Cecco del Caravaggio (1571-1592) was born in Milan, from which he fled in 1596 to avoid the plague. He worked as apprentice for the Lombard painter Simone Peterzano for four years. His contract there listed that he was a pupil of Titian. He lived in Rome from 1592 to 1600, forging many great artists. The realism and dramatic intensity of many of his paintings was thought to be vulgar by many Romans, and even painters were divided by its distinct nature which opposed that of most other Roman artists. Nevertheless, between 1600 and 1606, he was considered Rome’s most famous painter.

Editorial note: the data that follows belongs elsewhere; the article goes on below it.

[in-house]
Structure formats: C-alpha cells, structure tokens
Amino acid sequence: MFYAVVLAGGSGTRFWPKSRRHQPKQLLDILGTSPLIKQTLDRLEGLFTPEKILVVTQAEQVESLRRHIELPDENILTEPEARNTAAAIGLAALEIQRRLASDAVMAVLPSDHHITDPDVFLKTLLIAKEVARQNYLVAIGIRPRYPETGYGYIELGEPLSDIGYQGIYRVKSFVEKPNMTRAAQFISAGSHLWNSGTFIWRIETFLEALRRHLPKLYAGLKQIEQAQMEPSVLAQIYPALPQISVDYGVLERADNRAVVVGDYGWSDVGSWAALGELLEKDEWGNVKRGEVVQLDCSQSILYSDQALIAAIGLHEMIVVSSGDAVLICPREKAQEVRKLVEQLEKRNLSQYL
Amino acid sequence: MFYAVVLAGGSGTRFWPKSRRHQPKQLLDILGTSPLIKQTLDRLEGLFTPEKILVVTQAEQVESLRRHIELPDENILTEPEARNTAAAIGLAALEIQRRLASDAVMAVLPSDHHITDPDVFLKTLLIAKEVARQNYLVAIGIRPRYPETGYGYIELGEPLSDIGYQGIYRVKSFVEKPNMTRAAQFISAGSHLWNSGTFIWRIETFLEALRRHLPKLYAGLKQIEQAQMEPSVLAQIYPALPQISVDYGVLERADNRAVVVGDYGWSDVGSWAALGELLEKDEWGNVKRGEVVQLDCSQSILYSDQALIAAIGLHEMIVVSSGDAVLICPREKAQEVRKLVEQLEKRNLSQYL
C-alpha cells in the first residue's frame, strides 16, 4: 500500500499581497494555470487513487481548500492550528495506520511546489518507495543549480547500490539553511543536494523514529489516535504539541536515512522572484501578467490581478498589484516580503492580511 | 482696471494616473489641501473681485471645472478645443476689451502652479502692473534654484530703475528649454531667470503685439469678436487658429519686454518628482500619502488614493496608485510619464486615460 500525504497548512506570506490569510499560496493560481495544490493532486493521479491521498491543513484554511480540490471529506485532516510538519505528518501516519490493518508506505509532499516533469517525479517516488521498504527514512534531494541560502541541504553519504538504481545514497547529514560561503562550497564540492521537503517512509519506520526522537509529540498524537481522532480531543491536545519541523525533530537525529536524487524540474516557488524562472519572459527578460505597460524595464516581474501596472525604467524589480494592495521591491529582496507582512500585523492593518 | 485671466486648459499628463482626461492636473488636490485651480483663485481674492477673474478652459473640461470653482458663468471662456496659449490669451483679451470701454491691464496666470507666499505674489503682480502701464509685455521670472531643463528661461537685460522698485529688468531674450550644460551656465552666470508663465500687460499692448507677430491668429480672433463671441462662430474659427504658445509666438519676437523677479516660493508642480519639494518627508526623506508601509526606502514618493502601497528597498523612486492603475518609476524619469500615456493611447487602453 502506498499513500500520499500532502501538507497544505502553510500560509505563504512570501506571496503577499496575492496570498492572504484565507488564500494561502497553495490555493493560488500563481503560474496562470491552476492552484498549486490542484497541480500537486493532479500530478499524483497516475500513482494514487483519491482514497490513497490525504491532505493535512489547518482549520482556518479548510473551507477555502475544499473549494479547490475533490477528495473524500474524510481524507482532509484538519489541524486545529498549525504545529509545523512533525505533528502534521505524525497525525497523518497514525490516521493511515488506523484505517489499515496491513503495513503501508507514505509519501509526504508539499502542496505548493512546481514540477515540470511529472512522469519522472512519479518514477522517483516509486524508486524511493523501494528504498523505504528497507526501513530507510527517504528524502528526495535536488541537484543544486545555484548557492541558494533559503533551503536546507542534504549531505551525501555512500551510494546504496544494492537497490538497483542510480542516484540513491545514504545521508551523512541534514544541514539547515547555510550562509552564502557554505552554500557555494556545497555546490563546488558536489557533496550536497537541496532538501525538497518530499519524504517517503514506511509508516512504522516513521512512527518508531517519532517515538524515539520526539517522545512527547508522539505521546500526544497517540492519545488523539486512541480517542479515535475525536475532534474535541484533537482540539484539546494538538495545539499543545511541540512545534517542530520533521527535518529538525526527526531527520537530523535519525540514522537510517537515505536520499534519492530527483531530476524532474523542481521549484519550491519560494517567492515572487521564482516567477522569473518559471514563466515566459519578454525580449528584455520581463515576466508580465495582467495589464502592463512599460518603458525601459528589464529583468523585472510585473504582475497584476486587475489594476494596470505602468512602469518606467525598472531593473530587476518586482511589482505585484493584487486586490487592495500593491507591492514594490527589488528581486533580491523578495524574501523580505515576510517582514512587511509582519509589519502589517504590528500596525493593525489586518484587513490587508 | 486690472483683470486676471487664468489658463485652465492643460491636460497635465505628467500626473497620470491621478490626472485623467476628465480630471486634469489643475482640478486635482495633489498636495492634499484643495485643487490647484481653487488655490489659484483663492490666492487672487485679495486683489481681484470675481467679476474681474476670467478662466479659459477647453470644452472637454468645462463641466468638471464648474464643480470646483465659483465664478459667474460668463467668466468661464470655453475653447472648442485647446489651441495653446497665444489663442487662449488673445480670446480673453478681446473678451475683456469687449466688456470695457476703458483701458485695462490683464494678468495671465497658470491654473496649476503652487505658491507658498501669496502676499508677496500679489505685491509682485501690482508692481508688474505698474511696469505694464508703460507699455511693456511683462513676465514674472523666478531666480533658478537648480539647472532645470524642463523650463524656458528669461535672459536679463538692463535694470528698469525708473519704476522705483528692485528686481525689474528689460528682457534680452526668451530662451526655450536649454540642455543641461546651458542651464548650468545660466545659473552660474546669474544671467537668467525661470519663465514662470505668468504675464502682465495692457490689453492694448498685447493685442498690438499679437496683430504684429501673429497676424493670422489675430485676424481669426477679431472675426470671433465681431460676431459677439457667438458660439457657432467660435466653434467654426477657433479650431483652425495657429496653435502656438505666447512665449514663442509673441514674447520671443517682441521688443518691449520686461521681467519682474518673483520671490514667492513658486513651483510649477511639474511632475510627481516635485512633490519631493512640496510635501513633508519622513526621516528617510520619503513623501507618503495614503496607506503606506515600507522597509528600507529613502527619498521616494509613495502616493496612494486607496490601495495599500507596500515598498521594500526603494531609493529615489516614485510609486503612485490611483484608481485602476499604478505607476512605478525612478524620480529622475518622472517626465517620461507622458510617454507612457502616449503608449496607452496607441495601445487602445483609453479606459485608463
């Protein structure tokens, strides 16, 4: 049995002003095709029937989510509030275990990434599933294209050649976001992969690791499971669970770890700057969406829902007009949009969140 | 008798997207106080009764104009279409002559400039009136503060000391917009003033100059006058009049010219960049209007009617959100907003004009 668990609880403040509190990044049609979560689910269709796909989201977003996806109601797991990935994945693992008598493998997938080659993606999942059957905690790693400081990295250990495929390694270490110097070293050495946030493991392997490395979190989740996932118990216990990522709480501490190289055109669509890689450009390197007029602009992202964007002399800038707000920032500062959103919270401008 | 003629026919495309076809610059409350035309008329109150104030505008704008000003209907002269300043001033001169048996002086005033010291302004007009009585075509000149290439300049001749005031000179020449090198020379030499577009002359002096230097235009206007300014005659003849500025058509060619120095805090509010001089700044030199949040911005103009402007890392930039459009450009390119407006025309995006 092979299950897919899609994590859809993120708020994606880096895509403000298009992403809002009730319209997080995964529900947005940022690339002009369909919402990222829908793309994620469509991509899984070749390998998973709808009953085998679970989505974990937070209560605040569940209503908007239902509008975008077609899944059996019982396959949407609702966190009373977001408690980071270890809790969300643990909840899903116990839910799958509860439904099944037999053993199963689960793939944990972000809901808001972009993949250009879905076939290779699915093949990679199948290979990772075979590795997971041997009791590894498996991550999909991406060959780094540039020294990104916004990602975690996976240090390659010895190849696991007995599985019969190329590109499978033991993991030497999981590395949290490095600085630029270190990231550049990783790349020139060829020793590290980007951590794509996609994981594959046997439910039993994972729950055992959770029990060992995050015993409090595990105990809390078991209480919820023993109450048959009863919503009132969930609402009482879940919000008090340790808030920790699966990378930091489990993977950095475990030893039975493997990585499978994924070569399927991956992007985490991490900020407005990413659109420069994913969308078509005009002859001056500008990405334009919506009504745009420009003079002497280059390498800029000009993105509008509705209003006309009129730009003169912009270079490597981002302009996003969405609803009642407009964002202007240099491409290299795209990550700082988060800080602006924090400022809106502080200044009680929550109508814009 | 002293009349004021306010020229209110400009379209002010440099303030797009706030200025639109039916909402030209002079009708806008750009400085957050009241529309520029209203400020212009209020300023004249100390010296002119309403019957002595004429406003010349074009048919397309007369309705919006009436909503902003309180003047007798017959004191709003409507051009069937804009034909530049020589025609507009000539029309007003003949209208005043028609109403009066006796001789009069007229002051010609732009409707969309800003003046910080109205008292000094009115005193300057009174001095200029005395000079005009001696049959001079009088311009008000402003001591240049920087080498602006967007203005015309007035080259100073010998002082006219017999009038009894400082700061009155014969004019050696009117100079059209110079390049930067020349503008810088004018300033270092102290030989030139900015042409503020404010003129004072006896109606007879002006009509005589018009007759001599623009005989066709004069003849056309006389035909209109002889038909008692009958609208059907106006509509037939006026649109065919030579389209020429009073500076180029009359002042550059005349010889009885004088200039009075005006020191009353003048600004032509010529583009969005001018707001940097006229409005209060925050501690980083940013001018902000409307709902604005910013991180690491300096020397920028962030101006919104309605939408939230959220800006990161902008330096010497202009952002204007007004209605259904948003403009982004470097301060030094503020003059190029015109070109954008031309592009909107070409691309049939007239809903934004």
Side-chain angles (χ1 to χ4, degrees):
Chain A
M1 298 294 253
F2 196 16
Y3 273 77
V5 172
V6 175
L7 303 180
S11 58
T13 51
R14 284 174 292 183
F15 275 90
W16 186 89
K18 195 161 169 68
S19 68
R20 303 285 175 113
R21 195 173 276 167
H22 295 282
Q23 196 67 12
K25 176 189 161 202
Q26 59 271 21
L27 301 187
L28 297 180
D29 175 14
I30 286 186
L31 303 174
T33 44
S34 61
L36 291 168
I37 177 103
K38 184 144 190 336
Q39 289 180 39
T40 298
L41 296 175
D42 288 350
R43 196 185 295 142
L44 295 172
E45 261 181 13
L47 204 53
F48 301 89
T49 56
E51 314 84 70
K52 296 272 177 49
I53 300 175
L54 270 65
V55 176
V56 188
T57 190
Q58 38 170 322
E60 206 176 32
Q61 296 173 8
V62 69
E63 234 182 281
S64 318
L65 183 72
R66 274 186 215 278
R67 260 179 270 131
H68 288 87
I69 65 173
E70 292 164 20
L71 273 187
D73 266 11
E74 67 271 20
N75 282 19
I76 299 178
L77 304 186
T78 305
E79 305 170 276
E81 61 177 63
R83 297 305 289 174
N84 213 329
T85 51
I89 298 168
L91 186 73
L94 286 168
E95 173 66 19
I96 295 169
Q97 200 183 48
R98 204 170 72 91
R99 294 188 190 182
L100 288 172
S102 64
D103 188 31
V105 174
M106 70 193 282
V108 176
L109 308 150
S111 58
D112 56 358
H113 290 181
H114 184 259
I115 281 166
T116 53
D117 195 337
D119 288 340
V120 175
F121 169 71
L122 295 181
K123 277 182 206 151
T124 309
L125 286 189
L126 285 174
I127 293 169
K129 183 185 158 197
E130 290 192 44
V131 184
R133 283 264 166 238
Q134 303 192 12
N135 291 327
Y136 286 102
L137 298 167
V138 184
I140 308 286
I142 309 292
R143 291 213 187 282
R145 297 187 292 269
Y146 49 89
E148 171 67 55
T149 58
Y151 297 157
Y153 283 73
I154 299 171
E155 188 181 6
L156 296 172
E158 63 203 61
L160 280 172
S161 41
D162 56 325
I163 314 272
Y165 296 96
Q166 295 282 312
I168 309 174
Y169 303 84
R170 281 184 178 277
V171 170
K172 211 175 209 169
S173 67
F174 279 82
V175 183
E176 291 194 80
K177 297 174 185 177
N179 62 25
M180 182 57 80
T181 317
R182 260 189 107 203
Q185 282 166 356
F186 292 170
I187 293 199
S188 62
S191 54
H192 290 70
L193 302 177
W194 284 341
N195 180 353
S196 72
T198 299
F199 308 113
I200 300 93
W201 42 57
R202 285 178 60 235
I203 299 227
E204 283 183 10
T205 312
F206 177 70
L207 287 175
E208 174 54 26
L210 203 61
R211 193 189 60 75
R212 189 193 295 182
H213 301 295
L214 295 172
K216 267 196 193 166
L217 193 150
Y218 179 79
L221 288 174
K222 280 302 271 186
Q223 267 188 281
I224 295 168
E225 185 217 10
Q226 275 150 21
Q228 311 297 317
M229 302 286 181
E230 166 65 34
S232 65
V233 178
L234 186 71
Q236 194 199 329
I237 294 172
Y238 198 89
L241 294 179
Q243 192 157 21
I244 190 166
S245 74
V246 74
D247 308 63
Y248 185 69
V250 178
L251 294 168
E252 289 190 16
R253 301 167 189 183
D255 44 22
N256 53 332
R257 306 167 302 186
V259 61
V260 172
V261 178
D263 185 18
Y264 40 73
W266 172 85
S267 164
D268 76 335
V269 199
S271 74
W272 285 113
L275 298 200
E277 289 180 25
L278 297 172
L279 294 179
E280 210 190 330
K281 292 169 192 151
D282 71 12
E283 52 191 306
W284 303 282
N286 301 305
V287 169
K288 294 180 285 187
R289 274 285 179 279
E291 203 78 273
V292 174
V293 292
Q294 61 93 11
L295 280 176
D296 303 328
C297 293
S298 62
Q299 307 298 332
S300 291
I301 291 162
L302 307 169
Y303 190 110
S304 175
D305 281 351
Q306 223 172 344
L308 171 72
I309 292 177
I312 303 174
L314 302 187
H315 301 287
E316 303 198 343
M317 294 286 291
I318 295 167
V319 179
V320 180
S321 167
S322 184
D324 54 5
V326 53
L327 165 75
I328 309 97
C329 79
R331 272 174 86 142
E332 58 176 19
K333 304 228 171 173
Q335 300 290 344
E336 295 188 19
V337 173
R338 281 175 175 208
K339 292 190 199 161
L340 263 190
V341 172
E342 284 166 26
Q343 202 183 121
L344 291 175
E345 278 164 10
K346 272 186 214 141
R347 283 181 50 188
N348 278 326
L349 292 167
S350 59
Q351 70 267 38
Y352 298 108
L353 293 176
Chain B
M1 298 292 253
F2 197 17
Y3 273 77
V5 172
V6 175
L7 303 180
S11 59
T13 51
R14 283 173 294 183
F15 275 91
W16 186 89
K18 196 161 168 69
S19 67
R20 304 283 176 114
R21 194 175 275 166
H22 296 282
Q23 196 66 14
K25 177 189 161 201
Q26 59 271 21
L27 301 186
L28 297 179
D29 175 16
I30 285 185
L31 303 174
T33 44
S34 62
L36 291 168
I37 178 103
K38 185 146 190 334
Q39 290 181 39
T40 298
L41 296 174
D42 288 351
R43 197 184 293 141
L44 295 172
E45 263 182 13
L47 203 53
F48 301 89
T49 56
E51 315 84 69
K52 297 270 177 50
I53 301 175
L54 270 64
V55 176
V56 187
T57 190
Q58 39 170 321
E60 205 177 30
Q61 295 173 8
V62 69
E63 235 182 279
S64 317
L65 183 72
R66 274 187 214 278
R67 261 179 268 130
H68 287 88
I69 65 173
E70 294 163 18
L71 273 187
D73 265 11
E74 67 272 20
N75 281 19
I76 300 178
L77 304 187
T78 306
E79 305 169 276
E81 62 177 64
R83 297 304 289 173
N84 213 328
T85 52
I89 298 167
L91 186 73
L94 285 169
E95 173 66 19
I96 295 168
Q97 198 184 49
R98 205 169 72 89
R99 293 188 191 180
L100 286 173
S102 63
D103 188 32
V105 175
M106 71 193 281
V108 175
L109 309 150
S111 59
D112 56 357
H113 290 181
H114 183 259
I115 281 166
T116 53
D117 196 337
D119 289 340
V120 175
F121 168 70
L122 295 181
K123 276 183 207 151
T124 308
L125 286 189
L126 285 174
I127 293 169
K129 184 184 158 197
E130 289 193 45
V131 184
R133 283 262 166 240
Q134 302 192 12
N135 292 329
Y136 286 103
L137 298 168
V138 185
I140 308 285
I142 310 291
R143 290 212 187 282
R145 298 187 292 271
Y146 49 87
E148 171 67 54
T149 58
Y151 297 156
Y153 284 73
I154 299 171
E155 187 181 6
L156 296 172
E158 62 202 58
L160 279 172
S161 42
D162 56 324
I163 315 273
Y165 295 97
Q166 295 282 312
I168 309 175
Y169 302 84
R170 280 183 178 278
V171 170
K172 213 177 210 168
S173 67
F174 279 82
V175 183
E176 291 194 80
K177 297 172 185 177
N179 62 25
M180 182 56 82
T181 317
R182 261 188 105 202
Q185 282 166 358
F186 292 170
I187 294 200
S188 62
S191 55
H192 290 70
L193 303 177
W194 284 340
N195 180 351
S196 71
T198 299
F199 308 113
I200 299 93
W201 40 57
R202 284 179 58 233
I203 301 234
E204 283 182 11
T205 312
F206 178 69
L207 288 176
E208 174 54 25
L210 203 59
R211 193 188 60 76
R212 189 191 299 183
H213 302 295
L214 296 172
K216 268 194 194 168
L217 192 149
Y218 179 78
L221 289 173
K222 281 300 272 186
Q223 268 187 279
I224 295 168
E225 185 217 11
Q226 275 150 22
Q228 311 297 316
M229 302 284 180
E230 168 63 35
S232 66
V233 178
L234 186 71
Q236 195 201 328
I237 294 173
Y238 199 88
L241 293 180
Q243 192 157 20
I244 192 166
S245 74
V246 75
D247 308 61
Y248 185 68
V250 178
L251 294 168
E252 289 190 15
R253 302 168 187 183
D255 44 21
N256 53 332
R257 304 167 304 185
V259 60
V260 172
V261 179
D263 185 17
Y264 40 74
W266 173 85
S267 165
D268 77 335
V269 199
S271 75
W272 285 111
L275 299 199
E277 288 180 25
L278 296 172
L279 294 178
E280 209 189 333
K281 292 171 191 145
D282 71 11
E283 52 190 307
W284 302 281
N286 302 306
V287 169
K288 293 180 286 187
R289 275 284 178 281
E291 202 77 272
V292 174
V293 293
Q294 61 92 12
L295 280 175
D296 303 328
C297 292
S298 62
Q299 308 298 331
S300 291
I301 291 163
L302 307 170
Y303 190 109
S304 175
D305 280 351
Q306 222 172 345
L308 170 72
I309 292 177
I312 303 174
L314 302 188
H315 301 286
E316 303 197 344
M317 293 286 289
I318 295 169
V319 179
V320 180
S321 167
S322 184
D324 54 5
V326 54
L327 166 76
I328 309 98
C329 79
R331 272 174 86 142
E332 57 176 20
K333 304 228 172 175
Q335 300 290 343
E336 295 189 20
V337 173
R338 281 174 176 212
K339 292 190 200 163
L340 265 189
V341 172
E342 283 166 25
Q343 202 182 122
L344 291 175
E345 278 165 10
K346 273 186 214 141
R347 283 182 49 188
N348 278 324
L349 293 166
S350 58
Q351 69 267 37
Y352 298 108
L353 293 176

Caravaggio was known for getting into scuffs, even in a time where this was commonplace. On May 29, 1606, “he killed, possibly unintentionally, a young man named Ranuccio Tomassoni. Previously his high-placed patrons had protected him from the consequences of his escapades, but this time they could do nothing. Caravaggio, outlawed, fled to Naples.” He went from becoming the most highly regarded painter in Rome to being the most highly regarded painter in Naples. Soon after, he left for Malta. The rest of his life was darkened by brawls and scrapes with the law.
A wonderful biography of Caravaggio’s life can be read here.